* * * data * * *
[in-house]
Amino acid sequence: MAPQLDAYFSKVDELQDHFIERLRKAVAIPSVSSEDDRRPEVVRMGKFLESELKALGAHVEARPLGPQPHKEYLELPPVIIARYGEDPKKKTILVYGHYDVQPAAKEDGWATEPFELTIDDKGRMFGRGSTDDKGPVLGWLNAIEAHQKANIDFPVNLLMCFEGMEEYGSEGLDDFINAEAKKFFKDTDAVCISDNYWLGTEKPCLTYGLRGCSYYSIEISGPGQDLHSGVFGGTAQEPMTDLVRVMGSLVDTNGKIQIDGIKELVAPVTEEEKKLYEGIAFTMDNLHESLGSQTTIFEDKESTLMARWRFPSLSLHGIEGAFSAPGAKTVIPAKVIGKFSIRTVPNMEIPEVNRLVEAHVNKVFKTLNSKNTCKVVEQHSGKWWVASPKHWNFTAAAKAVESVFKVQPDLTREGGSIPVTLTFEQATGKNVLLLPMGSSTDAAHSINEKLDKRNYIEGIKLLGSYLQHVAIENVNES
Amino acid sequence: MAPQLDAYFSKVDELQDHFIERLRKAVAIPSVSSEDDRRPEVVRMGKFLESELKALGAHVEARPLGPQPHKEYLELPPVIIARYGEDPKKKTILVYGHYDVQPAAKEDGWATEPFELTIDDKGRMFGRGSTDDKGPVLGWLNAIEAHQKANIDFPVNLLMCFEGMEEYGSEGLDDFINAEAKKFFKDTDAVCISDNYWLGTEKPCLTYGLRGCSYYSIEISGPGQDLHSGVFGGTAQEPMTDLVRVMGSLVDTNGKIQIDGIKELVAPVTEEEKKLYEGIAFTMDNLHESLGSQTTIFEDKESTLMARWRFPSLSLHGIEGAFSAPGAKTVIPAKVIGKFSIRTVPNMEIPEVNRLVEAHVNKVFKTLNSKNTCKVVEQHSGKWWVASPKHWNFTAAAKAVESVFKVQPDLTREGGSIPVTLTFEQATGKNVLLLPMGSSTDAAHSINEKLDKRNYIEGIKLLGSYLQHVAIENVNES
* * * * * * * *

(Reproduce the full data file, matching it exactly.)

[in-house]
Amino acid sequence: MAPQLDAYFSKVDELQDHFIERLRKAVAIPSVSSEDDRRPEVVRMGKFLESELKALGAHVEARPLGPQPHKEYLELPPVIIARYGEDPKKKTILVYGHYDVQPAAKEDGWATEPFELTIDDKGRMFGRGSTDDKGPVLGWLNAIEAHQKANIDFPVNLLMCFEGMEEYGSEGLDDFINAEAKKFFKDTDAVCISDNYWLGTEKPCLTYGLRGCSYYSIEISGPGQDLHSGVFGGTAQEPMTDLVRVMGSLVDTNGKIQIDGIKELVAPVTEEEKKLYEGIAFTMDNLHESLGSQTTIFEDKESTLMARWRFPSLSLHGIEGAFSAPGAKTVIPAKVIGKFSIRTVPNMEIPEVNRLVEAHVNKVFKTLNSKNTCKVVEQHSGKWWVASPKHWNFTAAAKAVESVFKVQPDLTREGGSIPVTLTFEQATGKNVLLLPMGSSTDAAHSINEKLDKRNYIEGIKLLGSYLQHVAIENVNES
Amino acid sequence: MAPQLDAYFSKVDELQDHFIERLRKAVAIPSVSSEDDRRPEVVRMGKFLESELKALGAHVEARPLGPQPHKEYLELPPVIIARYGEDPKKKTILVYGHYDVQPAAKEDGWATEPFELTIDDKGRMFGRGSTDDKGPVLGWLNAIEAHQKANIDFPVNLLMCFEGMEEYGSEGLDDFINAEAKKFFKDTDAVCISDNYWLGTEKPCLTYGLRGCSYYSIEISGPGQDLHSGVFGGTAQEPMTDLVRVMGSLVDTNGKIQIDGIKELVAPVTEEEKKLYEGIAFTMDNLHESLGSQTTIFEDKESTLMARWRFPSLSLHGIEGAFSAPGAKTVIPAKVIGKFSIRTVPNMEIPEVNRLVEAHVNKVFKTLNSKNTCKVVEQHSGKWWVASPKHWNFTAAAKAVESVFKVQPDLTREGGSIPVTLTFEQATGKNVLLLPMGSSTDAAHSINEKLDKRNYIEGIKLLGSYLQHVAIENVNES